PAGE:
Extension:EtherEditor/How it works

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This is a summary of the moving parts of EtherEditor. I'll write this from a big-picture standpoint, but ask questions (e.g. in our IRC channel, #ethereditor) if you have any.

What we do when the edit page gets loaded[edit]

In order to use the editor, we need some extra information on the client side. We load that up in our EditPage::showEditForm:initial hook, which is defined in EtherEditorHooks.php.

$output->addJsConfigVars( array(
  'wgEtherEditorDbId' => $epPad->getId(),
  'wgEtherEditorOtherPads' => $epPad->getOtherPads(),
  'wgEtherEditorApiHost' => $apiHost,
  'wgEtherEditorApiPort' => $apiPort,
  'wgEtherEditorPadUrl' => $wgEtherpadConfig['pUrl'],
  'wgEtherEditorPadName' => $epPad->getEpId(),
  'wgEtherEditorSessionId' => $sessionId ) );

How the collaboration mode gets set up[edit]

When the user actually clicks on the collaborate checkbox, a few different javascript methods get called. enableEther, which enables the functionality of the extension and sets up some callbacks; initializePad, which actually loads the pad interface, and a bunch of different other setup methods.

Basically what happens is, we embed an iframe element into the page tha contains the actual pad interface, hide the normal textarea, and set up a few sneaky methods for sending signals back and forth.

How we come up with a pad URL[edit]

Pad URLs have to be built on the server side because of the information involved. Here's an example:

 http://etherpad.wmflabs.org/pad/p/g.s8oes9dhwrvt0zif$original

The important parts are the URL to the base of the pad directory and the group ID. We get the first from the configuration of the wiki (it's part of the stuff you configure before you can use the extension), but the group ID is brought over from the Etherpad Lite instance. Groups are the only way we can implement any authentication, so we use them for everything. They also help us by solving the problem of special characters, since hashing the page name gets rid of anything Etherpad Lite might deem inappropriate for pad URLs. We can just pass in the literal string "original" as the pad name and be done with it.

Read more about Etherpad Lite groups and other data types

How we implemented the normal wikitext format buttons[edit]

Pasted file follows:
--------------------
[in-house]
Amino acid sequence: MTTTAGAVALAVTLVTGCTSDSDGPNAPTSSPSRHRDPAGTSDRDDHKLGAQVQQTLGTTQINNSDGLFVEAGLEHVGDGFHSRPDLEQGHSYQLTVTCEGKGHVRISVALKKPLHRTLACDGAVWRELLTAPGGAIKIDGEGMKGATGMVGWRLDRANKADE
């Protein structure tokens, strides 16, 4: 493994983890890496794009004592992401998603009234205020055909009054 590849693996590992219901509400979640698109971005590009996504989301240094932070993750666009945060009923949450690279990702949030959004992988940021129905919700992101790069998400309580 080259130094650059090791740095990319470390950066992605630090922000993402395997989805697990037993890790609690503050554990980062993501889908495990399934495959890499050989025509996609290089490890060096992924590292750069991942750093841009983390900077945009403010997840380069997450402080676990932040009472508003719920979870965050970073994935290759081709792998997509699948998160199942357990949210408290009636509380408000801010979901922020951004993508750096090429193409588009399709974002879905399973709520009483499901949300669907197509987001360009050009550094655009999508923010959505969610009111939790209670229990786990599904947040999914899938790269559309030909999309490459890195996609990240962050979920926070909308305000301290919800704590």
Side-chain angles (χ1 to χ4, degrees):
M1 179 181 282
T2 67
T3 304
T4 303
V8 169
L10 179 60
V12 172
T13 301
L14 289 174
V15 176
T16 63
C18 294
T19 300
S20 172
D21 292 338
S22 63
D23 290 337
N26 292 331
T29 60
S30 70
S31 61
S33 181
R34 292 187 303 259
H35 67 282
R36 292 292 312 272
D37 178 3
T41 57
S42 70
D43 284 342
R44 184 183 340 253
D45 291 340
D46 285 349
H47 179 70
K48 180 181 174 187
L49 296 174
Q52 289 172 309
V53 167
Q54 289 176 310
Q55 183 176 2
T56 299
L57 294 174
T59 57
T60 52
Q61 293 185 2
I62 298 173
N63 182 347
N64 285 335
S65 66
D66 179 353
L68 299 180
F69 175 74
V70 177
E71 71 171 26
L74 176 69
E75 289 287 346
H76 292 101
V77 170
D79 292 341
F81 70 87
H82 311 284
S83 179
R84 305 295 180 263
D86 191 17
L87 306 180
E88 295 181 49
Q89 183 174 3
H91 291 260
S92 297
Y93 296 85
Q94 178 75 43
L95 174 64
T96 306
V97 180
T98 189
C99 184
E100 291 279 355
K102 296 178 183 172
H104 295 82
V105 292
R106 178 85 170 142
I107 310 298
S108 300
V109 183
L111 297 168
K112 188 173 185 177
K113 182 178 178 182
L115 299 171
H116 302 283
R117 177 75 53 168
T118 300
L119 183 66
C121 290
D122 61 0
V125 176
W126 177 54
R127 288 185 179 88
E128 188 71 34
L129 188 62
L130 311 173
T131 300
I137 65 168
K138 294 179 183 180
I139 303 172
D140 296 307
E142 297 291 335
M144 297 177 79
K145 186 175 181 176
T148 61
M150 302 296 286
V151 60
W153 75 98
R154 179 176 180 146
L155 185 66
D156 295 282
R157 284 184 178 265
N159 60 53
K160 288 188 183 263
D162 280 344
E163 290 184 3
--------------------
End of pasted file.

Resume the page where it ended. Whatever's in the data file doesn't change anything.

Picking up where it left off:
The first few iterations of EtherEditor used a modified set of the Etherpad Lite formatting buttons. Now, we use the native MediaWiki ones (though we highly suggest the WikiEditor extension) through a little-known hack that lets a JavaScript program submit POST requests to iframes. Essentially, we POST signals to Etherpad Lite (and specifically, a required plugin that we wrote) that say "hey, the user wants this text bolded", and the Etherpad Lite plugin will add the proper wikitext. However, it's not as simple as that. We also need to know whether the pad has been loaded. For this purpose, we have a signal that we send from the plugin, back to the parent DOM. That signal doesn't take very long to load, but if we tried to set things up on the pad without the plugin being loaded, bad things might happen.

How the text from the pad gets submitted to MediaWiki[edit]

In order to get the text from the pad into the wiki page, we take a bit of a long path:

  1. Call the MediaWiki API, to an EtherEditor method, that will fetch the text
  2. The API module calls an Etherpad Lite API method that fetches the text
  3. The EtherEditor API module returns the text to the frontend code
  4. We stick the text into the textarea where it started

After that, the user could have hit any of the three "save-like" buttons at the bottom of the page, and we can still handle it.

TODO: It might be possible to use the same method as we use for the formatting buttons (see above) to transfer the text into the textarea.

Others?[edit]

If you have other things you want explained, make a suggestion on IRC or on the talk page here.